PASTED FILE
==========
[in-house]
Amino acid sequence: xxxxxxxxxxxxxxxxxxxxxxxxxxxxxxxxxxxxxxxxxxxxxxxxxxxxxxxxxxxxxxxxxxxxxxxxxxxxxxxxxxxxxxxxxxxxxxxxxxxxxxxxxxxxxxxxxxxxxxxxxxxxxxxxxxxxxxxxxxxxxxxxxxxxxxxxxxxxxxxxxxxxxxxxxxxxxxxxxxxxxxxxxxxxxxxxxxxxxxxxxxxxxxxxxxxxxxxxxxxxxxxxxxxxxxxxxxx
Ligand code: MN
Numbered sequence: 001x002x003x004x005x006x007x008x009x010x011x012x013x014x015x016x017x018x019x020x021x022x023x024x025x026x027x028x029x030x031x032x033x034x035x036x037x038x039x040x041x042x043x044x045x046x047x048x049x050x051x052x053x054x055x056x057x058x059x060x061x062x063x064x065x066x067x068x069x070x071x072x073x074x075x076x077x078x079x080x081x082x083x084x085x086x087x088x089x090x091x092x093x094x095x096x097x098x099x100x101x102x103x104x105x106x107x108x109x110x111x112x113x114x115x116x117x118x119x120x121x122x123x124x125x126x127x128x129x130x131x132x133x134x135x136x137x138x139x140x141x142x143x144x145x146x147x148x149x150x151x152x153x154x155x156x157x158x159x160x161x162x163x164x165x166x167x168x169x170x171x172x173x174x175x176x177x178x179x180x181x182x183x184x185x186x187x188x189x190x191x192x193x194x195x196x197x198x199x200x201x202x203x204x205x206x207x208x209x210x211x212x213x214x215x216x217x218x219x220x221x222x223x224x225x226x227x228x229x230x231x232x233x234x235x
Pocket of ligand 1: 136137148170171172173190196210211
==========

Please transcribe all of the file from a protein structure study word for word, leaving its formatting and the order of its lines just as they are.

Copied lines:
[in-house]
Amino acid sequence: xxxxxxxxxxxxxxxxxxxxxxxxxxxxxxxxxxxxxxxxxxxxxxxxxxxxxxxxxxxxxxxxxxxxxxxxxxxxxxxxxxxxxxxxxxxxxxxxxxxxxxxxxxxxxxxxxxxxxxxxxxxxxxxxxxxxxxxxxxxxxxxxxxxxxxxxxxxxxxxxxxxxxxxxxxxxxxxxxxxxxxxxxxxxxxxxxxxxxxxxxxxxxxxxxxxxxxxxxxxxxxxxxxxxxxxxxxx
Ligand code: MN
Numbered sequence: 001x002x003x004x005x006x007x008x009x010x011x012x013x014x015x016x017x018x019x020x021x022x023x024x025x026x027x028x029x030x031x032x033x034x035x036x037x038x039x040x041x042x043x044x045x046x047x048x049x050x051x052x053x054x055x056x057x058x059x060x061x062x063x064x065x066x067x068x069x070x071x072x073x074x075x076x077x078x079x080x081x082x083x084x085x086x087x088x089x090x091x092x093x094x095x096x097x098x099x100x101x102x103x104x105x106x107x108x109x110x111x112x113x114x115x116x117x118x119x120x121x122x123x124x125x126x127x128x129x130x131x132x133x134x135x136x137x138x139x140x141x142x143x144x145x146x147x148x149x150x151x152x153x154x155x156x157x158x159x160x161x162x163x164x165x166x167x168x169x170x171x172x173x174x175x176x177x178x179x180x181x182x183x184x185x186x187x188x189x190x191x192x193x194x195x196x197x198x199x200x201x202x203x204x205x206x207x208x209x210x211x212x213x214x215x216x217x218x219x220x221x222x223x224x225x226x227x228x229x230x231x232x233x234x235x
Pocket of ligand 1: 136137148170171172173190196210211